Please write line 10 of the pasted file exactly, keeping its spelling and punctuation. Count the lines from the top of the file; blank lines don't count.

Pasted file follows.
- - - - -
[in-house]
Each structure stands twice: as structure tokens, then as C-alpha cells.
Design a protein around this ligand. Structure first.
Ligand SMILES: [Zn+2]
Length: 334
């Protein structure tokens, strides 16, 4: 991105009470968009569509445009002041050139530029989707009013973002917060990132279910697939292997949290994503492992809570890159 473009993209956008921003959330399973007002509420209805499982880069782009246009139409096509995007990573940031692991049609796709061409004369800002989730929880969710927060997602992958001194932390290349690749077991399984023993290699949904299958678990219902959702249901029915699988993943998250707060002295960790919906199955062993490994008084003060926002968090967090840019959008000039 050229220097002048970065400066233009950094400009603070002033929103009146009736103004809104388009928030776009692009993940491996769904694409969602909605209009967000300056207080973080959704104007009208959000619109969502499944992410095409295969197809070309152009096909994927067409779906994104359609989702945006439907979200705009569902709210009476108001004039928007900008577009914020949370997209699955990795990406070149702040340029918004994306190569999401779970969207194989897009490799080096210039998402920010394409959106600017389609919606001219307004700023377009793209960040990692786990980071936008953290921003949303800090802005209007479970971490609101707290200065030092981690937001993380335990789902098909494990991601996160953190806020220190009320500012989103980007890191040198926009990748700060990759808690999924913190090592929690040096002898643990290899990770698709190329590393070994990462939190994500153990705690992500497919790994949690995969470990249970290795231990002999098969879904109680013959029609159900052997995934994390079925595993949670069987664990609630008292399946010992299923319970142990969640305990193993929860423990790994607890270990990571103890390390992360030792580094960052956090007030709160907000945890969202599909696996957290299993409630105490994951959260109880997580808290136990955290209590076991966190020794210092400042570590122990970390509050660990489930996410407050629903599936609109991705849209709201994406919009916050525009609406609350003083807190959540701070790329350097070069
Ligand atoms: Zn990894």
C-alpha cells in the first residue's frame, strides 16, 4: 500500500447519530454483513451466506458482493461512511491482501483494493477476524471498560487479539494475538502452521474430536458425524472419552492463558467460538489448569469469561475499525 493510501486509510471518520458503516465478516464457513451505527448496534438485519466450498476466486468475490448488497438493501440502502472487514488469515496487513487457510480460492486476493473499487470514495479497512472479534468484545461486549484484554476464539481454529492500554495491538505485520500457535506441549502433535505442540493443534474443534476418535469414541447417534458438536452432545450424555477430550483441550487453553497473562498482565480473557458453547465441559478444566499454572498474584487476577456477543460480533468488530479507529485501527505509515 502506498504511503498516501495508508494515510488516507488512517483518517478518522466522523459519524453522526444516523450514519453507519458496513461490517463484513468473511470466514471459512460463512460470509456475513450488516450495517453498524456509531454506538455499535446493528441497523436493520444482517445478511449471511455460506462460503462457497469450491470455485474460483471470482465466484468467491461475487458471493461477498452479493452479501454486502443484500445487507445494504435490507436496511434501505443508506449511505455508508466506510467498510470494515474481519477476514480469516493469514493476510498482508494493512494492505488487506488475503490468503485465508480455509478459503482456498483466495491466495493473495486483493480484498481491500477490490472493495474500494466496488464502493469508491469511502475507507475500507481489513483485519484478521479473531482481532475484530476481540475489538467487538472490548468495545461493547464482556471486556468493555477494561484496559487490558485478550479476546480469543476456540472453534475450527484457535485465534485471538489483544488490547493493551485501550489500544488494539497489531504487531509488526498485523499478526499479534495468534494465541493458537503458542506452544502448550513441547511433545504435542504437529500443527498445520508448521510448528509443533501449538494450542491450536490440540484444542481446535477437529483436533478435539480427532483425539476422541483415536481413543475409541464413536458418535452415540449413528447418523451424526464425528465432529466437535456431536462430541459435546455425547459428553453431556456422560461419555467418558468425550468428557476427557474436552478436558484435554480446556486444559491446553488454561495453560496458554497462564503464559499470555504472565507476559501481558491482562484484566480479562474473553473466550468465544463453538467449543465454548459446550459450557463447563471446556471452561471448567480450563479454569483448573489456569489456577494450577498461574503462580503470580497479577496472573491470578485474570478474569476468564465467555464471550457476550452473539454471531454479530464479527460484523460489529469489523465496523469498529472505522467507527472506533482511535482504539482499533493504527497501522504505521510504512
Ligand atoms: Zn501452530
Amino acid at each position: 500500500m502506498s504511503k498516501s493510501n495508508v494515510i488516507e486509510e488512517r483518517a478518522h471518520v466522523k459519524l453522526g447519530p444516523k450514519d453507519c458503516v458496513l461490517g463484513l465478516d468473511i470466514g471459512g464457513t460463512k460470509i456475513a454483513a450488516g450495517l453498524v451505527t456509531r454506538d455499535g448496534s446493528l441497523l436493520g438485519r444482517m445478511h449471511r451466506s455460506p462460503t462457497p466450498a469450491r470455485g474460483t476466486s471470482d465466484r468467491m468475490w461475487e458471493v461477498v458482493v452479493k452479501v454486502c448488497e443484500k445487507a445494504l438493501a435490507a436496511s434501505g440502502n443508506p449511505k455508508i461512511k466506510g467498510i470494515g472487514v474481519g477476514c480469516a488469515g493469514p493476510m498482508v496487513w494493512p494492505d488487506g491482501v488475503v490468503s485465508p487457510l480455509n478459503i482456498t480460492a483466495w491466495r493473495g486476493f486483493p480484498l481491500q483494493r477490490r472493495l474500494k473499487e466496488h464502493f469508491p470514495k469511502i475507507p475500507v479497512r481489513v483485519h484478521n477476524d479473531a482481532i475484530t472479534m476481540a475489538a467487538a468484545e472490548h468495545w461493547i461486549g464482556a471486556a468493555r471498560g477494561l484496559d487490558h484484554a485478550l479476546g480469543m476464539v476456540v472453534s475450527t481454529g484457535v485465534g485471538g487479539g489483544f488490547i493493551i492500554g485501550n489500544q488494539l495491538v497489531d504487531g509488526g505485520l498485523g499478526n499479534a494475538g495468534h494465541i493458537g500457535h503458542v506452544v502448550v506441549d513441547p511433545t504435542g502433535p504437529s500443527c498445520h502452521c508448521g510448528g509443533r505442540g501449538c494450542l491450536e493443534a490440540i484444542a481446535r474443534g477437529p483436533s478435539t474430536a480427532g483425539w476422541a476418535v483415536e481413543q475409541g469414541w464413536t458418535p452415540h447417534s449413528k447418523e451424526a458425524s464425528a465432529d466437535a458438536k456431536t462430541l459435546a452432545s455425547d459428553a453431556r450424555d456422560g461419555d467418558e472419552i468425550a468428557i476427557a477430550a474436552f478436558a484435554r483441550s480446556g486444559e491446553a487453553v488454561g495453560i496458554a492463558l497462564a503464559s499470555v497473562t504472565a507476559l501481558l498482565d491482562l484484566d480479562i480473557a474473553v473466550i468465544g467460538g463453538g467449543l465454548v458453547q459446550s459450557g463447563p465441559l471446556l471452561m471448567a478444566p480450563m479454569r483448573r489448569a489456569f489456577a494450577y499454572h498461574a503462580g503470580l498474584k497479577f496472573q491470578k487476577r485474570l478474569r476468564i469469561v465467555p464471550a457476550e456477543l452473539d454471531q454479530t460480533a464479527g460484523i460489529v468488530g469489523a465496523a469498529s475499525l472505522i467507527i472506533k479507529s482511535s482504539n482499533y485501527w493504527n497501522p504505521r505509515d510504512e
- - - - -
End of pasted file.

Amino acid at each position: 500500500m502506498s504511503k498516501s493510501n495508508v494515510i488516507e486509510e488512517r483518517a478518522h471518520v466522523k459519524l453522526g447519530p444516523k450514519d453507519c458503516v458496513l461490517g463484513l465478516d468473511i470466514g471459512g464457513t460463512k460470509i456475513a454483513a450488516g450495517l453498524v451505527t456509531r454506538d455499535g448496534s446493528l441497523l436493520g438485519r444482517m445478511h449471511r451466506s455460506p462460503t462457497p466450498a469450491r470455485g474460483t476466486s471470482d465466484r468467491m468475490w461475487e458471493v461477498v458482493v452479493k452479501v454486502c448488497e443484500k445487507a445494504l438493501a435490507a436496511s434501505g440502502n443508506p449511505k455508508i461512511k466506510g467498510i470494515g472487514v474481519g477476514c480469516a488469515g493469514p493476510m498482508v496487513w494493512p494492505d488487506g491482501v488475503v490468503s485465508p487457510l480455509n478459503i482456498t480460492a483466495w491466495r493473495g486476493f486483493p480484498l481491500q483494493r477490490r472493495l474500494k473499487e466496488h464502493f469508491p470514495k469511502i475507507p475500507v479497512r481489513v483485519h484478521n477476524d479473531a482481532i475484530t472479534m476481540a475489538a467487538a468484545e472490548h468495545w461493547i461486549g464482556a471486556a468493555r471498560g477494561l484496559d487490558h484484554a485478550l479476546g480469543m476464539v476456540v472453534s475450527t481454529g484457535v485465534g485471538g487479539g489483544f488490547i493493551i492500554g485501550n489500544q488494539l495491538v497489531d504487531g509488526g505485520l498485523g499478526n499479534a494475538g495468534h494465541i493458537g500457535h503458542v506452544v502448550v506441549d513441547p511433545t504435542g502433535p504437529s500443527c498445520h502452521c508448521g510448528g509443533r505442540g501449538c494450542l491450536e493443534a490440540i484444542a481446535r474443534g477437529p483436533s478435539t474430536a480427532g483425539w476422541a476418535v483415536e481413543q475409541g469414541w464413536t458418535p452415540h447417534s449413528k447418523e451424526a458425524s464425528a465432529d466437535a458438536k456431536t462430541l459435546a452432545s455425547d459428553a453431556r450424555d456422560g461419555d467418558e472419552i468425550a468428557i476427557a477430550a474436552f478436558a484435554r483441550s480446556g486444559e491446553a487453553v488454561g495453560i496458554a492463558l497462564a503464559s499470555v497473562t504472565a507476559l501481558l498482565d491482562l484484566d480479562i480473557a474473553v473466550i468465544g467460538g463453538g467449543l465454548v458453547q459446550s459450557g463447563p465441559l471446556l471452561m471448567a478444566p480450563m479454569r483448573r489448569a489456569f489456577a494450577y499454572h498461574a503462580g503470580l498474584k497479577f496472573q491470578k487476577r485474570l478474569r476468564i469469561v465467555p464471550a457476550e456477543l452473539d454471531q454479530t460480533a464479527g460484523i460489529v468488530g469489523a465496523a469498529s475499525l472505522i467507527i472506533k479507529s482511535s482504539n482499533y485501527w493504527n497501522p504505521r505509515d510504512e